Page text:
The third thing. The blackout over SOPA and the fight for a free-and-open internet, has led to two interesting status updates in my Facebook newsfeed (even I’m fallible). The first from a student:
“Stupid wikipedia…It’s not even a British law. I know why your doing it, even agree to an extent but urgh!”
The second from someone who works in education and technology and strategy and planning:
“Ask yourself – why isn’t facebook blacked out?”
And this has made me think about those very items of content that are so dear to our hearts, like which tablet, or which virtual learning environment, or our mobile learning strategy, or our approach to the implementation of open content/data or social media. And it has made me think about the power of corporations within capitalism, and their desire for the separation, commodification and enclosure of our experiences. And how technology and network theory always brushes up against the market, and the power relations that are revealed though it.
And this has made me think about what is to be done? How might our use of technology inside the University be connected to the political struggles outside? How might we refashion our discussions away from the comfort of the UK student experience, in order to situate that experience globally – and I do not mean in terms of opening-up that experience for/to a global market. Instead I mean opening-up that space to a critique of that market. So how do we work on University procurement practices? How do we collectively lobby technology firms over human and labour rights? How do we engage students in a discussion of the open web? How do we enable them to discuss the labour and human rights, and the liquid resources and energy and carbon, which are embedded in our technologies?
Because it strikes me that we might usefully utilise technology, in order to reveal the reality of our labour-in-capitalism or our capitalist work, and to discuss possible alternatives. But we need to situate the discussion of the content of our technological lives politically. And as we do this, our alternatives might be a statement of “no! I will not be complicit in this activity”. And it might involve a deletion of accounts on social networks, or the equivalent of a strike through our refusal to use specific learning management systems or proprietary software/hardware that is implicated in human/labour rights abuses, or services that give away personal data to Governments. Or it might be finding the courage to raise these issues institutionally, or across the sector, or in public meetings. And it might be a way of pushing back against the enclosure of our lives for profit, by going into occupation of virtual learning and teaching spaces. Or by fleeing those enclosed worlds and setting-up rival spaces, using open software, as a way to define a new set of social relationships and new forms of value against money.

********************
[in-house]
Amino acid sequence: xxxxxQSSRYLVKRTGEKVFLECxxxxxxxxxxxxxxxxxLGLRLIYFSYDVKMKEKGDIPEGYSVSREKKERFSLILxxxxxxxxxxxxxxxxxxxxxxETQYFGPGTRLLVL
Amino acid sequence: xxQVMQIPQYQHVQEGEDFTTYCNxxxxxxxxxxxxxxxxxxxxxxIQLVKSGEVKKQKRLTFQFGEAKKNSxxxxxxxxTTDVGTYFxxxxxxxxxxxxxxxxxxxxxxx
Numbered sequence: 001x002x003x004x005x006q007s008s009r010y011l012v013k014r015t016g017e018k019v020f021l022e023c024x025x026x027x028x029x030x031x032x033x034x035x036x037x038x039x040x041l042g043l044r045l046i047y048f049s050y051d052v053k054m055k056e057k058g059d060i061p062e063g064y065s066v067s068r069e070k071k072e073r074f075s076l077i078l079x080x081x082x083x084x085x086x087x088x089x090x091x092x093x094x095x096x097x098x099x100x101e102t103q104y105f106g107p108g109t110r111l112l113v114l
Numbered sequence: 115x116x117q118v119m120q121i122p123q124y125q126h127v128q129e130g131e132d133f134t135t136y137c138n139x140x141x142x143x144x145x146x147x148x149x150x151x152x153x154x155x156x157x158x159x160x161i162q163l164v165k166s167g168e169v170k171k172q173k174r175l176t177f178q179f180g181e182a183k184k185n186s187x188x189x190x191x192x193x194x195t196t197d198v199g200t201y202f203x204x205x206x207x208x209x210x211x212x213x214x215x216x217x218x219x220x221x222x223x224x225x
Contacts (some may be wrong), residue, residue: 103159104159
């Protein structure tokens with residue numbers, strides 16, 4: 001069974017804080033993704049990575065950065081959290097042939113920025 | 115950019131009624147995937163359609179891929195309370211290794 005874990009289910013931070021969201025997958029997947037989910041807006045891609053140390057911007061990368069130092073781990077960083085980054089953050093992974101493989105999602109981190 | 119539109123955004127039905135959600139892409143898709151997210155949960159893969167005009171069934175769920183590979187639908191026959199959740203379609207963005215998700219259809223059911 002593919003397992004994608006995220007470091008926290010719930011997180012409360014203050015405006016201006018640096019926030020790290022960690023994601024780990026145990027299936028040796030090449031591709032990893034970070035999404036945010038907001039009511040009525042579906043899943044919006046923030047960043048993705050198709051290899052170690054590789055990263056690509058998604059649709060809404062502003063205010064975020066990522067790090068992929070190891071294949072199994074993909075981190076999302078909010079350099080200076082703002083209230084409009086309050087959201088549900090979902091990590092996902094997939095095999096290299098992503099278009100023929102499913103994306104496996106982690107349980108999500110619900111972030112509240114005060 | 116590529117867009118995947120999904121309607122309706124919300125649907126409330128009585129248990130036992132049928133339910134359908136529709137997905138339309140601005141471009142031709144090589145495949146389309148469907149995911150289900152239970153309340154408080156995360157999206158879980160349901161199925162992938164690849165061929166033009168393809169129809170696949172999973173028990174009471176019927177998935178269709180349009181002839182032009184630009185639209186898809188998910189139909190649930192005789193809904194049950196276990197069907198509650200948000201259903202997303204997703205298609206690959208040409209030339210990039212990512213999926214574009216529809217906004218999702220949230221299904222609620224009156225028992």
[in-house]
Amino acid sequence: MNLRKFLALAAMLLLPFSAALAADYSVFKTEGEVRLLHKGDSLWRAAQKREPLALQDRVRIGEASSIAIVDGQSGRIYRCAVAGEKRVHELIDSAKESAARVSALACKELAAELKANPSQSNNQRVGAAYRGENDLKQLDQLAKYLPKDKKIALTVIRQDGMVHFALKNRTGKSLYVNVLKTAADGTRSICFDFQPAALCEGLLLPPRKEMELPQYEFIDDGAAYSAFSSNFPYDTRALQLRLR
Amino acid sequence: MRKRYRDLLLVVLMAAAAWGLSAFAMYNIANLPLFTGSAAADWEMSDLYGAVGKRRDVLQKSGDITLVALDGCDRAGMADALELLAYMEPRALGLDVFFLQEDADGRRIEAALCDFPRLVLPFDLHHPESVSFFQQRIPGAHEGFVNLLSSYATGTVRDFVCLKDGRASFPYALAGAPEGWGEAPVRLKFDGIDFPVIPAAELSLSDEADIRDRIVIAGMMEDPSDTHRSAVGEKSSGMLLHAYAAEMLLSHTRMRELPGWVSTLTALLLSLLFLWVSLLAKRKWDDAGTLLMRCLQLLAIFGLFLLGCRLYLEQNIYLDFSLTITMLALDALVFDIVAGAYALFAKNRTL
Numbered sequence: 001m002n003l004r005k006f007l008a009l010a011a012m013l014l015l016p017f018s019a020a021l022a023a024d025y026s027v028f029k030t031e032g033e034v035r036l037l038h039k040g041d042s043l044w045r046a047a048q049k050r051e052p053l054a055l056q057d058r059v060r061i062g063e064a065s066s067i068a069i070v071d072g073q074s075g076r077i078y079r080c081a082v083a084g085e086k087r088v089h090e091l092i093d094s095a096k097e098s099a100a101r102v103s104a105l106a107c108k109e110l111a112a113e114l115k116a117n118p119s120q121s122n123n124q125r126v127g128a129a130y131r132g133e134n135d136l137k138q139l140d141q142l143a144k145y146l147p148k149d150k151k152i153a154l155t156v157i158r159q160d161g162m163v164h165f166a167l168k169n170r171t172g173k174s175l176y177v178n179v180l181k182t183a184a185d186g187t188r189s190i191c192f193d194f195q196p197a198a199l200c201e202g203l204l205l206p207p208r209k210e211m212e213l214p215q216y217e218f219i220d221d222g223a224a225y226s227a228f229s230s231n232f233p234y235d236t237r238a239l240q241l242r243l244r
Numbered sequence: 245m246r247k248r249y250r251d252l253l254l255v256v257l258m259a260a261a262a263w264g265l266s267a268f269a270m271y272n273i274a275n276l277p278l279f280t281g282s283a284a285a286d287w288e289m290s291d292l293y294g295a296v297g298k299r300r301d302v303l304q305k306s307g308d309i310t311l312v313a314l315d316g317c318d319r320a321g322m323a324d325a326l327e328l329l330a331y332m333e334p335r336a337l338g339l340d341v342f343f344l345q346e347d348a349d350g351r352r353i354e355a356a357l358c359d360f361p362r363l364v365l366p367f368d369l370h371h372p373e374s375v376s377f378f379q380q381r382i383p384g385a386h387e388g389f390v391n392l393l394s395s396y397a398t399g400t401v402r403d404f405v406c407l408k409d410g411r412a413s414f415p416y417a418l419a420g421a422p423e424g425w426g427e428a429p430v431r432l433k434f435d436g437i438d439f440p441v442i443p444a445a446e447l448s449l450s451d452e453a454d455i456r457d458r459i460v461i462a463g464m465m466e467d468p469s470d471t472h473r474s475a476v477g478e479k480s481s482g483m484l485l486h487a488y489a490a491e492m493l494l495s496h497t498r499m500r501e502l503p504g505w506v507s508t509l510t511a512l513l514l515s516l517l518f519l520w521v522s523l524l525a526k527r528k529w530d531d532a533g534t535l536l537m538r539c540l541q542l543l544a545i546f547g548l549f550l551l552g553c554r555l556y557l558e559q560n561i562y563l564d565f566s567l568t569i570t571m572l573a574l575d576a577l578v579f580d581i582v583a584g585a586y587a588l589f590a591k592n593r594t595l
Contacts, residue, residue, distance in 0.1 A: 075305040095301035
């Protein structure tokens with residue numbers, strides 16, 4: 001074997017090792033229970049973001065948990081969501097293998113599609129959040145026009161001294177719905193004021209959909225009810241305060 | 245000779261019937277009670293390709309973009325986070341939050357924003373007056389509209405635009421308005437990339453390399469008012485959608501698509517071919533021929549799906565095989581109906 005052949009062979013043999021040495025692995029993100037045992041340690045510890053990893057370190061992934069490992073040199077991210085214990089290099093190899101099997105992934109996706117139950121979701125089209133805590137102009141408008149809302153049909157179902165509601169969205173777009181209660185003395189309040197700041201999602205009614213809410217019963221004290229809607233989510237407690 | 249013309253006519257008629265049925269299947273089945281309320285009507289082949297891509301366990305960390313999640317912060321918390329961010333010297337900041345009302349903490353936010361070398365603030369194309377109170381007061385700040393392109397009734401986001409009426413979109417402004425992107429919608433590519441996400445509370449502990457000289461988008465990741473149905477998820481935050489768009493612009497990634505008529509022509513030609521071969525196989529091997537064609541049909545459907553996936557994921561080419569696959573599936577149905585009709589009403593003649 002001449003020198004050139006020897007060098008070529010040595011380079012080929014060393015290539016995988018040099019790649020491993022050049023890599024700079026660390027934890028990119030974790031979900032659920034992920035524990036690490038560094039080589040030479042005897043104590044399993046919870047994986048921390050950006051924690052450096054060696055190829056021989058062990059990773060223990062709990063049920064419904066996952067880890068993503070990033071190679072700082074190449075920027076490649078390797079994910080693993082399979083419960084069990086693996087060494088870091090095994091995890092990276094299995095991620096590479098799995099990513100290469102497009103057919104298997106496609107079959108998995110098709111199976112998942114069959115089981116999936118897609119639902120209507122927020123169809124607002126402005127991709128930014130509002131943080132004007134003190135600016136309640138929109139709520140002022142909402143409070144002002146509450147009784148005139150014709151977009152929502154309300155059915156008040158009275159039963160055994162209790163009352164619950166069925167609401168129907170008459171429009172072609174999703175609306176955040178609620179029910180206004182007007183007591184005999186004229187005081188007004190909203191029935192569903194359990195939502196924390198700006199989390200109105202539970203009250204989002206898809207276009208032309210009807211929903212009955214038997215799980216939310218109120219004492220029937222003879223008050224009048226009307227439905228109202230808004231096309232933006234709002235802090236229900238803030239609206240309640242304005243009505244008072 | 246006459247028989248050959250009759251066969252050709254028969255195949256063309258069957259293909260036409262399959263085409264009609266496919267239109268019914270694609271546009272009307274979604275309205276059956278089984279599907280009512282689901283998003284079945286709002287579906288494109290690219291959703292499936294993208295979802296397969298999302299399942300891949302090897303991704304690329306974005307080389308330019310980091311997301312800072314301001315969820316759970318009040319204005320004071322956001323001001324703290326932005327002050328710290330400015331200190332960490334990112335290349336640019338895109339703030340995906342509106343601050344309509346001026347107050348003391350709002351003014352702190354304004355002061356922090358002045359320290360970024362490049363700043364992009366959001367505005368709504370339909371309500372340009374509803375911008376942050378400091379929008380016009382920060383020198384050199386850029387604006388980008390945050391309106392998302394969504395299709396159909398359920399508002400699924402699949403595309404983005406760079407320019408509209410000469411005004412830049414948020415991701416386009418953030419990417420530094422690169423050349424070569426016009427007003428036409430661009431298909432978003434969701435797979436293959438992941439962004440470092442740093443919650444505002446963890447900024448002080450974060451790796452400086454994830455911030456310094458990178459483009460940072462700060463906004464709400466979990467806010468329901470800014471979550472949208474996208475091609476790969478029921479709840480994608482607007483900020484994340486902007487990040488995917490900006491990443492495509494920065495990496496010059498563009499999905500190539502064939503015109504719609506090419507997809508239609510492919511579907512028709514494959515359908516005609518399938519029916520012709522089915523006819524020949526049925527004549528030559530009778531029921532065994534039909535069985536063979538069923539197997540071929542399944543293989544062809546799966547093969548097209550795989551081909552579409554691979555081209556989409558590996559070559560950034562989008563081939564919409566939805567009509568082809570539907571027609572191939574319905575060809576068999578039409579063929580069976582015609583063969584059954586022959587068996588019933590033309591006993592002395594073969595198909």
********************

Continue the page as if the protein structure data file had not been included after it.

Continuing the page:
And in this we might redeem a part of ourselves; and we might do this socially and co-operatively; against our separation from each other; as we refuse to outsource our politics and our technologies and our relationships and our identities and our privacy and our data to corporations that have corporate interests at heart. In so doing I wonder whether we might also meaningfully describe what a University experience is for and what a student experience might be.